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If you haven’t noticed, 3D Printing is slowly morphing from an unthinkable rage and futuristic fancy into something that is amazingly real. We’ve seen all kinds of crazy products made using 3D printing technology spanning the gamut of the surprising to the downright head scratching; consider these 3D printed items: fire arms, a cordless drill, food, a guitar and a shoe! Yes, you read that correctly, someone has created a printable a shoe. So, would it seem ridiculous if you were to learn that two musical artist are releasing a record made by a 3D printer?

Believe it, it’s happening.


Bloc Party’s lead singer (Kele Okereke) has teamed-up with Bobbie Gordon to create a new song called “Down Boy” that is being released on a 3D-printed record. This limited edition single will be sold December 13-14 in London at a pop-up stand; all of its proceeds will benefit a British music therapy charity named Nordoff Robbins.

The technique to print a record was created by Amanda Ghassaei, an employee of instructables.com and a former physics student that professes an interest in “novel applications of digital fabrication, materials science, and developing physical interfaces for the manipulation of digital media.” In 2012, Ghassaei released a blog post that detailed how to convert digital audio files into 3D-printable 33rpm records. The process involves using an Objet Connex500 resin printer with a precision of 600dpi. Her self-written conversion program imports raw audio data, performs calculations to generate the geometry of a record and 3D triangles contained in the grooves, and then creates a printable file format.


The end result is far from what most audiophiles would gush over; her records have a sample rate of 11kHz and 5-6 bit resolution which results in admittedly low audio quality. But ignore that small thorn for just a second and consider the possible impact of her creation. Records could possibly make a comeback, or at least be more available to enthusiasts that desire their favorite artists (new and old) to be played on a turntable. In fact anyone with a 3D printer can download 3D record files, right now, from instructables.com. We’ve all created mixed-tapes and playlists...could a mixed-LP be in the future? How about never having to fear the fatal deep scratch on a favorite LP? The possibilities are certainly exciting.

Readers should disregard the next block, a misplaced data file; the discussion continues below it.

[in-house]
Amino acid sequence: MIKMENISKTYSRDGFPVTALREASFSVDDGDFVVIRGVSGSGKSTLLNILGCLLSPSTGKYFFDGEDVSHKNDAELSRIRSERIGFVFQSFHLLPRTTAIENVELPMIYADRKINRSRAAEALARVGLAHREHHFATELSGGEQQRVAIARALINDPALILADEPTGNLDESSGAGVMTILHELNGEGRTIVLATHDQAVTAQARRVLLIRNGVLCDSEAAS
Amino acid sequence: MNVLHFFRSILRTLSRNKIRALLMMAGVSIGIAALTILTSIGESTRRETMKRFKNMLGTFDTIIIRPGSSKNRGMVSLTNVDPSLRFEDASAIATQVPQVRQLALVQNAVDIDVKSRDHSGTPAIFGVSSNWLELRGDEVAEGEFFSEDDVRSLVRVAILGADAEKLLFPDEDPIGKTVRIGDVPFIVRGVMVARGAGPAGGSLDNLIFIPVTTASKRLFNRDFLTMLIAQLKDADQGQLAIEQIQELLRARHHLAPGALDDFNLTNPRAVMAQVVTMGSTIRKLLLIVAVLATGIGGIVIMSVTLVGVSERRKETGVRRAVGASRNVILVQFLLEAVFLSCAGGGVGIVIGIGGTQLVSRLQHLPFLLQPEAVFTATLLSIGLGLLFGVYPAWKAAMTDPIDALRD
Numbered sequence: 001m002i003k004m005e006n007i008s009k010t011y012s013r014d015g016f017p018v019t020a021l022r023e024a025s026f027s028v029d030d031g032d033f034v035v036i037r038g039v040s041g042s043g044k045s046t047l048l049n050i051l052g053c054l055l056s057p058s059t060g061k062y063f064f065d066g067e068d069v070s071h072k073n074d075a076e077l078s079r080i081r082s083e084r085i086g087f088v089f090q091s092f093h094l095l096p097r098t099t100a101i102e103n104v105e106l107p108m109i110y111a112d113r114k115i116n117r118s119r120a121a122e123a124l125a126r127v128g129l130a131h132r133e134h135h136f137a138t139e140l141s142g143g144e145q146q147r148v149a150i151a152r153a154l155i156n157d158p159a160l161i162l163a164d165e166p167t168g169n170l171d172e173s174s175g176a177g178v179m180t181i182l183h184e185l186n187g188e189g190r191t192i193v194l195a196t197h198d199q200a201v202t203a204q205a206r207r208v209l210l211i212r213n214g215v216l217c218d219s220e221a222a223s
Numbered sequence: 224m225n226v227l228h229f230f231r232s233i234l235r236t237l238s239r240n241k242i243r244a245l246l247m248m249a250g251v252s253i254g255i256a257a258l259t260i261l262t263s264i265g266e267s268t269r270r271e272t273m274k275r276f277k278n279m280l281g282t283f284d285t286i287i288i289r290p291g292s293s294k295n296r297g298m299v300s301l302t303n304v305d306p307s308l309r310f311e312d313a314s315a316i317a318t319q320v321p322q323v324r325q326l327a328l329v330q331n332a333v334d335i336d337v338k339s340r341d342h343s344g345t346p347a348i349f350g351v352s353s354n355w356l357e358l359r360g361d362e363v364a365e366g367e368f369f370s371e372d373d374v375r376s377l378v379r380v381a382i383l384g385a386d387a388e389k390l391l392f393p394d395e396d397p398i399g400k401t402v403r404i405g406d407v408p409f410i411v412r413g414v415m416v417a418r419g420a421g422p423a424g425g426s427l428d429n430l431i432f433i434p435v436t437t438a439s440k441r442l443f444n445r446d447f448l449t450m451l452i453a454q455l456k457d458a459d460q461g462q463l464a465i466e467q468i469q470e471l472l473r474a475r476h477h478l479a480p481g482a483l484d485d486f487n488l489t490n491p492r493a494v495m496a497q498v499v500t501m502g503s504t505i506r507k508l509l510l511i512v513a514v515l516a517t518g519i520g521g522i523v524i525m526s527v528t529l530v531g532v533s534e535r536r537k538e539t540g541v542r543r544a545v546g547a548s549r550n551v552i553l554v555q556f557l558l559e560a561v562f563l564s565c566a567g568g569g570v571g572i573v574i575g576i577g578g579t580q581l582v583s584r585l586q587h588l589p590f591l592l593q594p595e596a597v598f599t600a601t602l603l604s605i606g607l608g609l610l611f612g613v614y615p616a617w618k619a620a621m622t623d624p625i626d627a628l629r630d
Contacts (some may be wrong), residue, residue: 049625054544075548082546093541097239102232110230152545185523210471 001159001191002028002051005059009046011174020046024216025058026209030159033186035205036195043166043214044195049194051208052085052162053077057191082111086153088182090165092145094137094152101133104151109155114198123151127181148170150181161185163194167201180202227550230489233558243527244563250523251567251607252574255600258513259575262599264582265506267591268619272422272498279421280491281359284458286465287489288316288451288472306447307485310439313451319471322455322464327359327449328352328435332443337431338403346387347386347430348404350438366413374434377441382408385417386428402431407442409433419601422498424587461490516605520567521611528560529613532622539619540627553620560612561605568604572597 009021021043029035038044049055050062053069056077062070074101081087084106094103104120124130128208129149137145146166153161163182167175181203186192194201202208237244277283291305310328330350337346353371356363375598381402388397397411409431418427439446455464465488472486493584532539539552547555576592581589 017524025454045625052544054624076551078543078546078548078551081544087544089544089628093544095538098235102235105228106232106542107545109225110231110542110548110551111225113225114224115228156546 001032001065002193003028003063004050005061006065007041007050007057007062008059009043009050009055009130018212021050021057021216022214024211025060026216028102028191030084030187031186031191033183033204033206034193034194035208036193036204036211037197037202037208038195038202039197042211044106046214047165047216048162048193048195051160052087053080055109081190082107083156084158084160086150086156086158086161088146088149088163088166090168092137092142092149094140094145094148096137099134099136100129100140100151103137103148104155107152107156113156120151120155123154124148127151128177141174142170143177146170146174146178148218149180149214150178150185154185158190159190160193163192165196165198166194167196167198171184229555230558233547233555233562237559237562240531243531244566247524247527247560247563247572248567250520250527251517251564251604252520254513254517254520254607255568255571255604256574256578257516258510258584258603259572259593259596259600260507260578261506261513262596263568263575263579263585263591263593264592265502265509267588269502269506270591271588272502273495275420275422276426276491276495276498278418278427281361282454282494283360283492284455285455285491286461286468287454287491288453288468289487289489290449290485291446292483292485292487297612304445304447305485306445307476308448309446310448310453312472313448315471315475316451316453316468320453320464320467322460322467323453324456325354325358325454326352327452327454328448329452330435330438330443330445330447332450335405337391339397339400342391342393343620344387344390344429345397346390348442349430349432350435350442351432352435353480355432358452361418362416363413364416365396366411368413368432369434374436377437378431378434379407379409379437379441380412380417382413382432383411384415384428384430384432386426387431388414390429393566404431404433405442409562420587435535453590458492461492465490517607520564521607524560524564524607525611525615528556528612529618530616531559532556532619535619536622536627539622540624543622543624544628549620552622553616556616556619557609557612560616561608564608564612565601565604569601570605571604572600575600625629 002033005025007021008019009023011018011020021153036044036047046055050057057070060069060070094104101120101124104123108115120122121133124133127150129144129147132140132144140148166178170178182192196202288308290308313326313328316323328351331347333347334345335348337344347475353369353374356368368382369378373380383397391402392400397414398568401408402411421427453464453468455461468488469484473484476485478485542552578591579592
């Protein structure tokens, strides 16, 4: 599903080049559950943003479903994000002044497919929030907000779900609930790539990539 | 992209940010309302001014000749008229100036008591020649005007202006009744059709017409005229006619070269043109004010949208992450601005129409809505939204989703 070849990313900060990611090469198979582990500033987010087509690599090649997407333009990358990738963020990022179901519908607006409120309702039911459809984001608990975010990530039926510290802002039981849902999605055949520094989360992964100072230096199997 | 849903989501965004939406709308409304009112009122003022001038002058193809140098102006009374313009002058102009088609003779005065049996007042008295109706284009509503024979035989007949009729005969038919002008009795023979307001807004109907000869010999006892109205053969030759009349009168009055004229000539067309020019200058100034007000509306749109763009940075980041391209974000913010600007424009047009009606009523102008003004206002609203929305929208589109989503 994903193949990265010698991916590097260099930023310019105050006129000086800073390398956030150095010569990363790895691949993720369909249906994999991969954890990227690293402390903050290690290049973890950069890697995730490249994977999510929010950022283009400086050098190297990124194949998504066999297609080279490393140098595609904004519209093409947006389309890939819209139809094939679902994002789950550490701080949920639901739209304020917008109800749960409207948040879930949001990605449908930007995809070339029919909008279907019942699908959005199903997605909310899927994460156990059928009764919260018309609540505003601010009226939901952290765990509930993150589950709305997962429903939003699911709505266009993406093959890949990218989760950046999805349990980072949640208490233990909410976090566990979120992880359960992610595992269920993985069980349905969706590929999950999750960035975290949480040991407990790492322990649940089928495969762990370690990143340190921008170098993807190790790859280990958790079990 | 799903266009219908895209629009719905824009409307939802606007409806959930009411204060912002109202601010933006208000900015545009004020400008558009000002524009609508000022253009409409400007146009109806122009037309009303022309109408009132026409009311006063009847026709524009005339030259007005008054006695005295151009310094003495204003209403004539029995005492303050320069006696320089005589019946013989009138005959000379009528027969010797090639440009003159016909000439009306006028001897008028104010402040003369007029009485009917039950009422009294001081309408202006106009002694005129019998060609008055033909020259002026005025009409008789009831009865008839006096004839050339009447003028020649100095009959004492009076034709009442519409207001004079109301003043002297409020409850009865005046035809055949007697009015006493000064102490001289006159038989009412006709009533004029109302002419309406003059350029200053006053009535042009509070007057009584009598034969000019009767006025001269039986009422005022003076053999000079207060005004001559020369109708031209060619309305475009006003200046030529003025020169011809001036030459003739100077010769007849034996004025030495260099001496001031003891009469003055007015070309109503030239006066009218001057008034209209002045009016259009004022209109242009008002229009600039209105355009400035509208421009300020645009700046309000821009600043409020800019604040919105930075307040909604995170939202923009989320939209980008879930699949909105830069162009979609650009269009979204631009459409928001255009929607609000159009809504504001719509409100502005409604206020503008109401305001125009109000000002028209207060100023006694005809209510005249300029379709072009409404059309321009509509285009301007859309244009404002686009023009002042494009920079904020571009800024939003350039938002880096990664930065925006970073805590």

While the Okereke/Bobbie Gordon release is more or less a stunt for a good cause, it’s nearly certain that artists and enthusiasts will continue to explore ways of tapping into the days of vinyl. The market has shown that vinyl isn’t dead yet; record sales data for 2012 shows that vinyl earned more than any year since 1997. And this isn't some anomaly, it has been on an upswing after hitting a low in 2006.

Enthusiast can only hope that the precision of 3D printing technologies will improve just enough to make home record creation a truly realistic possibility. The wonderful warmth of pops and scratches may return – in force – yet once again.

Image Credit: CIO.com, amandaghassaei.com
Sources: amandaghassaei.com, theguardian.com, washingtonpost.com
 

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I love this! A few years back there was an April fools story about 3D printed records fast forward to today and it's becoming a real possibility. 3D printing has come a long way.

Once a good conductive material is able to be used by extruders and printer resolutions get better we'll have a much easier time with rapid prototyping and DIY electronics projects.
 

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They are making OLED's this way also. That should bring the price of them down drastically. Amazing stuff.
 

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Cool, great thinking!


So would it seem all that ridiculous if you were to learn that two musical artist are releasing a record made by a 3D printer?

Believe it, it’s happening.


Bloc Party’s lead singer (Kele Okereke) has teamed-up with Bobbie Gordon to create a new song called “Down Boy” that is being released on a 3D-printed record. This limited edition single will be sold December 13-14 in London at a pop-up stand; all of its proceeds will benefit a British music therapy charity named Nordoff Robbins.
 

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The only problem is that it takes away the only benefit of records - that they are analog. Unless the printer resolution is so high that it can exceed DVD audio, what is the point except a quick gimmick?
 
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